With summer on the way, more and more people are Googling ‘how to lose weight fast’. The need to get beach ready in just a couple of months puts high speed diets into focus. While the benefit of weight loss to health and longevity speaks for itself. However, as a look at the stats confirms, most of us aren’t getting it right. Most diets fail and many people end up putting more weight back on than they lost. Being successful relies on discipline, focus and a little bit of science. Understanding how the body stores and burns fat can help you identify the best diets and exercise plans to burn off fat as quickly as possible.
How weight loss works
On a very simple basis, weight gain is easy to explain. If you eat more calories in a day than you burn off, your body will store those excess calories as fat with a rather predictable impact on your waistline.
If you start burning off more calories than you consume, your body will reduce fat storage and you will lose weight. The problem is in practice things aren’t quite so simple. We all know people who can eat like a pig and never gain weight. Equally, we all know people who spend their life dieting and exercising but never get the results they are hoping for.
The difference between the two lies partly in genes, partly our biological systems and partly the way the body behaves. Different foods, for example, will store energy differently while various exercise regimes will have a range of effects on the body.
Unfortunately, in some cases the body will actively fight weight loss. If you start restricting your calorie intake or boosting your exercise, your body actively works to slow down the rate at which you lose fat.
This is because we have evolved as animals to store fat. On a biological level, our bodies are still in hunter/gatherer mode. They are worried about how we might survive a harsh winter or what happens if food supplies run out. It is operating on a just in case basis and assumes having more fat puts you in a better position. So, when you pull back the calories and up your exercise, your metabolic system will slow down in order to hold onto those fat reserves for longer.
At the same time, your hormones will trigger a desire to eat more. The culprits in this case are hormones called leptin and ghrelin. Fat cells release leptin hormones which signal to your body that you’re full. As you lose weight and your fat cells shrink, they produce less of this hormone which means you feel less full. Ghrelin, meanwhile, is produced by your stomach telling your brain it’s time to eat. When you exercise or fast, it produces more of this hormone which makes you want to eat more.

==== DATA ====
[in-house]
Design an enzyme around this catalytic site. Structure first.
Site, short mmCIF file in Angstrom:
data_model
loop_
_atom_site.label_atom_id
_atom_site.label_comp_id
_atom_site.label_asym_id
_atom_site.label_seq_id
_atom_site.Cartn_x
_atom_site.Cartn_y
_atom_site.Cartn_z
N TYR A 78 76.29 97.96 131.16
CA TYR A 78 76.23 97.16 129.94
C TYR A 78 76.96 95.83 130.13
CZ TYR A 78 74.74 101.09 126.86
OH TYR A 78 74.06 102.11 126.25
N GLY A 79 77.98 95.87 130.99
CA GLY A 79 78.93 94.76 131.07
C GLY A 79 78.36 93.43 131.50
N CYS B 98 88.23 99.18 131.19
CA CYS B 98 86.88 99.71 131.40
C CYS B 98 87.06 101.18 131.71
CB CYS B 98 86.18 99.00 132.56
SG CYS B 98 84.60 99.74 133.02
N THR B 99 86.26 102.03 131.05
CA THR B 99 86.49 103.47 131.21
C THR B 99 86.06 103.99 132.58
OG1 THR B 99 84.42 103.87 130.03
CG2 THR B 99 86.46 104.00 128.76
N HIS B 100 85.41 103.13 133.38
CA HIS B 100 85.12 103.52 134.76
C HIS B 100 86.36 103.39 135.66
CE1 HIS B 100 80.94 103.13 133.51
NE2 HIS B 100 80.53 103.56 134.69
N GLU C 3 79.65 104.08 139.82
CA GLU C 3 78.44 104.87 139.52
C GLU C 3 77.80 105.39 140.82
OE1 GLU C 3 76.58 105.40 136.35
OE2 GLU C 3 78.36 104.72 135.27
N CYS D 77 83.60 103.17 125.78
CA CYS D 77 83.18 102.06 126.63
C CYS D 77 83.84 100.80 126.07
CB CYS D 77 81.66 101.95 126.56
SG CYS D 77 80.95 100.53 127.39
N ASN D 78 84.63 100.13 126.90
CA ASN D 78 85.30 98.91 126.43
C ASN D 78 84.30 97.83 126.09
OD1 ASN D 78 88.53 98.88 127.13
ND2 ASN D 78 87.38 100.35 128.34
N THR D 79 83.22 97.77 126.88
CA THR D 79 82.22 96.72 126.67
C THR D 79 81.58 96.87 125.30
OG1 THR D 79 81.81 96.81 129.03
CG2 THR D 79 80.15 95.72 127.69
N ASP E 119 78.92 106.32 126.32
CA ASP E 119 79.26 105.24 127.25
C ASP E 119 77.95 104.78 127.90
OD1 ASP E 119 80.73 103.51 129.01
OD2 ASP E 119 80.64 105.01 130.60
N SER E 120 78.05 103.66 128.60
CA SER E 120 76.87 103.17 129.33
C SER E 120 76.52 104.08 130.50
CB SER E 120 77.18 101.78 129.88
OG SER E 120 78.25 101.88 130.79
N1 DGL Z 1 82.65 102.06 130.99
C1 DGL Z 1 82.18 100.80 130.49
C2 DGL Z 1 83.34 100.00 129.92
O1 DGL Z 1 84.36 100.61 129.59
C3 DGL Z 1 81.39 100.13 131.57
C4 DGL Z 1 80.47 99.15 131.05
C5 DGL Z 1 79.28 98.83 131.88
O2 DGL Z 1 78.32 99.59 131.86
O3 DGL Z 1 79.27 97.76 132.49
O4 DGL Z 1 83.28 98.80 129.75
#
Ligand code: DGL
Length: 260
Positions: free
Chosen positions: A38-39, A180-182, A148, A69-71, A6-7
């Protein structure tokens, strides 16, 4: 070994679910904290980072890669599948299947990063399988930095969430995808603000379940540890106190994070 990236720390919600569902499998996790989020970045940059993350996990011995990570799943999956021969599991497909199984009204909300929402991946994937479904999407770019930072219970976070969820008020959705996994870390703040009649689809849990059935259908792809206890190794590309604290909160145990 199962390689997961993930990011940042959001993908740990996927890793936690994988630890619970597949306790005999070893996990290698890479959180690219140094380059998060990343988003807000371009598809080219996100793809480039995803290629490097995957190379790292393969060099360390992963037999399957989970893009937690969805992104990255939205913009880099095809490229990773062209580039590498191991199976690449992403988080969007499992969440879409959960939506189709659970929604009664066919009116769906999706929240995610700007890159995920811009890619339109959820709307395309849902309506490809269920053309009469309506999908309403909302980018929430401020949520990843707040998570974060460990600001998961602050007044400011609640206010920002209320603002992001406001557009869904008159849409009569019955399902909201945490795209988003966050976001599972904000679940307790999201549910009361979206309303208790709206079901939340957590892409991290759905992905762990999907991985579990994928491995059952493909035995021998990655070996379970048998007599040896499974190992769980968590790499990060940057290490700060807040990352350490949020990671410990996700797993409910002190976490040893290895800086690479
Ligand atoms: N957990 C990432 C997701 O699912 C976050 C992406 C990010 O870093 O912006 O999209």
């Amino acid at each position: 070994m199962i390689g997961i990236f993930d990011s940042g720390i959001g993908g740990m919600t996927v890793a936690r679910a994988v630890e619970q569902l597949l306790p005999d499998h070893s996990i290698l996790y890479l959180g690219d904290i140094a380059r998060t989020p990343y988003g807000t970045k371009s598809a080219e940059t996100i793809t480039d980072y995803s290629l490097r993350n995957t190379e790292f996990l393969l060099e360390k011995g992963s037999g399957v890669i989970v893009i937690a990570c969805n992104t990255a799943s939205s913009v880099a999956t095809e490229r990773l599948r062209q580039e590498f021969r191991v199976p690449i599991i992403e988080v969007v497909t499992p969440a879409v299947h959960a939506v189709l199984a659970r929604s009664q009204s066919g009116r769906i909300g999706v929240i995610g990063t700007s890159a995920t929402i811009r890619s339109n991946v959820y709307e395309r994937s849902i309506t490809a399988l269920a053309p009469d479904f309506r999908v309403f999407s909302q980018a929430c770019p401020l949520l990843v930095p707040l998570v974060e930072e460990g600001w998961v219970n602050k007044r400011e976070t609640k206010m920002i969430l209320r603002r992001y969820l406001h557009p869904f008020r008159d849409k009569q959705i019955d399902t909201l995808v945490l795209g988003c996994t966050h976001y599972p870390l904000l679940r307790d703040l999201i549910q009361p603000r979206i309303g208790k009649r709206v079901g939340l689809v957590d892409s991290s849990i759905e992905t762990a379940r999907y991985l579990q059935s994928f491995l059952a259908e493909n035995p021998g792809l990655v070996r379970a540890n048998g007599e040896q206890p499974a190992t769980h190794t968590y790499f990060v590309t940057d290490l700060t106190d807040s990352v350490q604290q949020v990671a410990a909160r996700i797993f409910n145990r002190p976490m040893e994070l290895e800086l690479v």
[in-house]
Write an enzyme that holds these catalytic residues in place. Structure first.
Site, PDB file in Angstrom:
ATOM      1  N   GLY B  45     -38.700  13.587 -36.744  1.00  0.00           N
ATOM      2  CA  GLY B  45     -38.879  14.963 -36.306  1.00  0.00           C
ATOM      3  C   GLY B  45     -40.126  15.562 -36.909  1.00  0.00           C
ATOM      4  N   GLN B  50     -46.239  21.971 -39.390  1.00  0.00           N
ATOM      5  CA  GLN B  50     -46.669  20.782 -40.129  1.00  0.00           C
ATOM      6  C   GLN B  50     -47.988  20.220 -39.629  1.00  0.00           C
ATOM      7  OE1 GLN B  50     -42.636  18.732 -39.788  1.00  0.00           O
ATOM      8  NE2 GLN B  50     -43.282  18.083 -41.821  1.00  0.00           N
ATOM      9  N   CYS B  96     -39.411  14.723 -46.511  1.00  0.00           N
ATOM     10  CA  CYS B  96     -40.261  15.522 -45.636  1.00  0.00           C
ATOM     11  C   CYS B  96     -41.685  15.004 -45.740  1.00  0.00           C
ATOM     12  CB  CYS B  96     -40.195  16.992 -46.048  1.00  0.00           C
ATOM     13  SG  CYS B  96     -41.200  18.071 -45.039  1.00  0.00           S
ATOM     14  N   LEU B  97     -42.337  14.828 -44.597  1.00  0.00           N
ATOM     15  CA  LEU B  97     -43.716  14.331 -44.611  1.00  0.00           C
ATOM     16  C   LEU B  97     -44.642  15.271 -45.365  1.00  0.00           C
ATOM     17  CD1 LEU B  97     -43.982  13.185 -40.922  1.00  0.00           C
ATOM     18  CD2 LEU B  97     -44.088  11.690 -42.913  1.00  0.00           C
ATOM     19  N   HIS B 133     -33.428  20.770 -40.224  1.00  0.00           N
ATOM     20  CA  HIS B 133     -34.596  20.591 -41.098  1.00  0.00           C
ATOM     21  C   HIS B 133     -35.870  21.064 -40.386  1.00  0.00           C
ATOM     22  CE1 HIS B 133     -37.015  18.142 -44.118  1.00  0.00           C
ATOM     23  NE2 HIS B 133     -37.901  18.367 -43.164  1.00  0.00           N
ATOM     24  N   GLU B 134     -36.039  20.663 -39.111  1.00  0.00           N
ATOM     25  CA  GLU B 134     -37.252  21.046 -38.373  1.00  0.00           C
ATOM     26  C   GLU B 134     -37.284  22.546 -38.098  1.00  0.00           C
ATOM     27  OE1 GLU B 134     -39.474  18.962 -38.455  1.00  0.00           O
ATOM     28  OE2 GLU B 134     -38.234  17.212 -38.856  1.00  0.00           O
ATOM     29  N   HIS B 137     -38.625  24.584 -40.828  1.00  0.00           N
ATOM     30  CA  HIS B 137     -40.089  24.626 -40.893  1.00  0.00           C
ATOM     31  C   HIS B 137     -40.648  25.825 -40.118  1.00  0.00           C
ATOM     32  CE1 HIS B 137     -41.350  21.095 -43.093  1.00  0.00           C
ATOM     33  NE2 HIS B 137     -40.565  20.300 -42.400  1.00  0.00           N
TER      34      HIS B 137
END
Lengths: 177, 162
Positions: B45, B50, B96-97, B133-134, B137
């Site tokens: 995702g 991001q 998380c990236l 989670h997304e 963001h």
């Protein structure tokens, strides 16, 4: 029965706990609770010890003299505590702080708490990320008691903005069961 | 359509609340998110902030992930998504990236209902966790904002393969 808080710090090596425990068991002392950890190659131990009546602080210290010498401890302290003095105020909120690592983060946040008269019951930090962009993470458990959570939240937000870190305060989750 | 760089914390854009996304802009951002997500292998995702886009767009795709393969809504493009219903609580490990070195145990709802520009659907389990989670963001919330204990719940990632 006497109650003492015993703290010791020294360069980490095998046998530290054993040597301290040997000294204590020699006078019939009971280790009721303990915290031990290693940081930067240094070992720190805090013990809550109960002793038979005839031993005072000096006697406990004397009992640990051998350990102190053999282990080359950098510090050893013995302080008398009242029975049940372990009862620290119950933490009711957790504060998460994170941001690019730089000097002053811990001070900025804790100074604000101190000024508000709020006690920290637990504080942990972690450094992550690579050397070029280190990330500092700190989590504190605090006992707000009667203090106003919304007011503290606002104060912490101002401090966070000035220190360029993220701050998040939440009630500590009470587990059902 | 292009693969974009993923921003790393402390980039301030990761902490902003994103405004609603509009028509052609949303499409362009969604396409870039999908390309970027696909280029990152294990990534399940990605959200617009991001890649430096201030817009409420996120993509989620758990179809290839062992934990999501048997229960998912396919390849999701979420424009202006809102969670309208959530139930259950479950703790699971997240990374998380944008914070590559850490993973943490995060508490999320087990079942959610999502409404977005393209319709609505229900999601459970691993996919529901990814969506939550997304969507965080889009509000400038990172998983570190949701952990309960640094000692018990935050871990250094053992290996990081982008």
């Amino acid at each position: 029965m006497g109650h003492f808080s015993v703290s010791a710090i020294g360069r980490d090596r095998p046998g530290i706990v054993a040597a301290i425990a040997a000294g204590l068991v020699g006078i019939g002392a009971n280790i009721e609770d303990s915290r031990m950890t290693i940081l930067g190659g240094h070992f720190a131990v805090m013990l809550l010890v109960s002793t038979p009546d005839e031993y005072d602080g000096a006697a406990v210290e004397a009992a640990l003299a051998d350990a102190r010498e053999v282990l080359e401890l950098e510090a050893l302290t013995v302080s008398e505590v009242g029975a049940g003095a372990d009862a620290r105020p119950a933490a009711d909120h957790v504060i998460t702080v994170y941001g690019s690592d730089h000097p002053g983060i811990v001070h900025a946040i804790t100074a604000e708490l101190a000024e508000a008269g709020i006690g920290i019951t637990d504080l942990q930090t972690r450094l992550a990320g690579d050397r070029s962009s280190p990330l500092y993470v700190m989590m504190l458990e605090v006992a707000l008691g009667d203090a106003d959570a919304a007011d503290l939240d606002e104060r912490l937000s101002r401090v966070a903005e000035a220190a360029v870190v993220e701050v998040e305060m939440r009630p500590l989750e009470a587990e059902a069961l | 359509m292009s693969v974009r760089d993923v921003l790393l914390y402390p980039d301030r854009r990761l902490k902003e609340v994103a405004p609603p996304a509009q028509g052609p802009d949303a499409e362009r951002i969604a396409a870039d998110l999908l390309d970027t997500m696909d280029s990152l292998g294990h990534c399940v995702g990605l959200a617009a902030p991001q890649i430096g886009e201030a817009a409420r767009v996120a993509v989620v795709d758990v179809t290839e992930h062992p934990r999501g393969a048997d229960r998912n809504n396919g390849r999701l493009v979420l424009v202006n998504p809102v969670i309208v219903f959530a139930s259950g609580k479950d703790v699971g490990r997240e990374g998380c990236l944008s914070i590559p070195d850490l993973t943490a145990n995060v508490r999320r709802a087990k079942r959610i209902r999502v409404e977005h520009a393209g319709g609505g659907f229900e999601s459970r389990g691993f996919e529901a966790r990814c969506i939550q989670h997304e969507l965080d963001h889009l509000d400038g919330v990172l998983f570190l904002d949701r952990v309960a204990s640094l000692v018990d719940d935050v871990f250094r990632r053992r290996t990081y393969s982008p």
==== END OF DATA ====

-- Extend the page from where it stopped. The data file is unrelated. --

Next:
Genetic basis of weight loss
Other factors which can help or hinder your progress can be your genes. How they work is not entirely clear, but genes have been linked to obstructing weight loss, just as they have also been linked to reducing weight gain.
Another unknown factor will be your body’s favourite weight. According to some scientists, your body has a set level at which it likes to be. For some this will be higher than others. Whatever you’re doing at any one time, it will adjust its metabolic functions to try and take you towards that weight.
All of this explains why most diets fail in the long run. People can feel like they are working hard and doing the right things, but they are not seeing the results when they step on the scales or look in the mirror. Meanwhile, their body is actively fighting against their efforts giving them all the signals to start eating again.
Food for thought
There are a number of diet plans out there which promise to help achieve rapid weight loss. A common theme is to restrict certain carbohydrates and sugars. Energy dense carbohydrates which you might find in bread and potatoes are out, while fibrous carbohydrates which you’ll find in broccoli, cauliflower, asparagus and spinach are well and truly in.
You’ll end up choosing between a fairly limited set of food stuffs such as eggs, certain meats and lots and lots of vegetables. For example, you might start the day with some protein, such as eggs, which gives you energy and helps your body feel full. Lunch could include a tuna salad while dinner could involve a mushroom omelette and lots more green vegetables.
This type of diet is suggested for rapid weight loss and promises results within around six to eight weeks. Its goal is to reduce the amount of insulin your body produces. Insulin levels will rise if you eat sugars and the wrong type of carbohydrates. That’s a problem because insulin stores these as fat.
Many of the people who favour this type of approach recommend including a cheat day when you can eat pretty much anything you like. For starters this gives you something to look forward to, but it is also intended to stop your body from slowing down its metabolism in response to the additional exercise you’re doing.
However, there is no evidence to support this, and it does come with a risk. Maintaining this diet takes discipline and organisation. Each meal contains slightly different combinations of the same foods. If you break it for one day, there is every chance you’ll start to break it for the rest.
Reducing sugars and refined carbohydrates, though, gives you a good start and can be combined with a number of other measures for a sustainable diet which will encourage more weight loss.
Typical weight loss diet
- Start the day with protein: Protein gives you plenty of energy to start the day. It also reduces your appetite and ensures you’ll produce less of the hunger hormone ghrelin. Research into younger adults suggests the hormonal benefits of eating protein can last for hours. In other words, this is a great way to fuel yourself up until lunch and reduce the urge to snack.